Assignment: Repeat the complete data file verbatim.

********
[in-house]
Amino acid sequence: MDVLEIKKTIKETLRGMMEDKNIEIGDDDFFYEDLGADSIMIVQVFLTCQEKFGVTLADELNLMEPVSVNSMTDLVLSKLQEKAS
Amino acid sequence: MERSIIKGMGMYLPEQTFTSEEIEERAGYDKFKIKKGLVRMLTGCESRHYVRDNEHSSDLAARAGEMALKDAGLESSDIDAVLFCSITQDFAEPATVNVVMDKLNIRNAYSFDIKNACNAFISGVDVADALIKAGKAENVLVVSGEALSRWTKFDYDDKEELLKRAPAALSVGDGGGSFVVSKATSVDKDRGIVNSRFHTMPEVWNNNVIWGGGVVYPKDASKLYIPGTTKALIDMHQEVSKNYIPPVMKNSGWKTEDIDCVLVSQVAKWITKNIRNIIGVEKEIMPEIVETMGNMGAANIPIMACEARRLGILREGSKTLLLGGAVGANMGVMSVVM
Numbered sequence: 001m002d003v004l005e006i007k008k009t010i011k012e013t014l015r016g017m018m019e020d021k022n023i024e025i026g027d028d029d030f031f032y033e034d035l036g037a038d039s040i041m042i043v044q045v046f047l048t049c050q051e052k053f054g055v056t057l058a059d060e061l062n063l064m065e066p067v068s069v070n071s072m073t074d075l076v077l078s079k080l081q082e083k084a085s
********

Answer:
[in-house]
Amino acid sequence: MDVLEIKKTIKETLRGMMEDKNIEIGDDDFFYEDLGADSIMIVQVFLTCQEKFGVTLADELNLMEPVSVNSMTDLVLSKLQEKAS
Amino acid sequence: MERSIIKGMGMYLPEQTFTSEEIEERAGYDKFKIKKGLVRMLTGCESRHYVRDNEHSSDLAARAGEMALKDAGLESSDIDAVLFCSITQDFAEPATVNVVMDKLNIRNAYSFDIKNACNAFISGVDVADALIKAGKAENVLVVSGEALSRWTKFDYDDKEELLKRAPAALSVGDGGGSFVVSKATSVDKDRGIVNSRFHTMPEVWNNNVIWGGGVVYPKDASKLYIPGTTKALIDMHQEVSKNYIPPVMKNSGWKTEDIDCVLVSQVAKWITKNIRNIIGVEKEIMPEIVETMGNMGAANIPIMACEARRLGILREGSKTLLLGGAVGANMGVMSVVM
Numbered sequence: 001m002d003v004l005e006i007k008k009t010i011k012e013t014l015r016g017m018m019e020d021k022n023i024e025i026g027d028d029d030f031f032y033e034d035l036g037a038d039s040i041m042i043v044q045v046f047l048t049c050q051e052k053f054g055v056t057l058a059d060e061l062n063l064m065e066p067v068s069v070n071s072m073t074d075l076v077l078s079k080l081q082e083k084a085s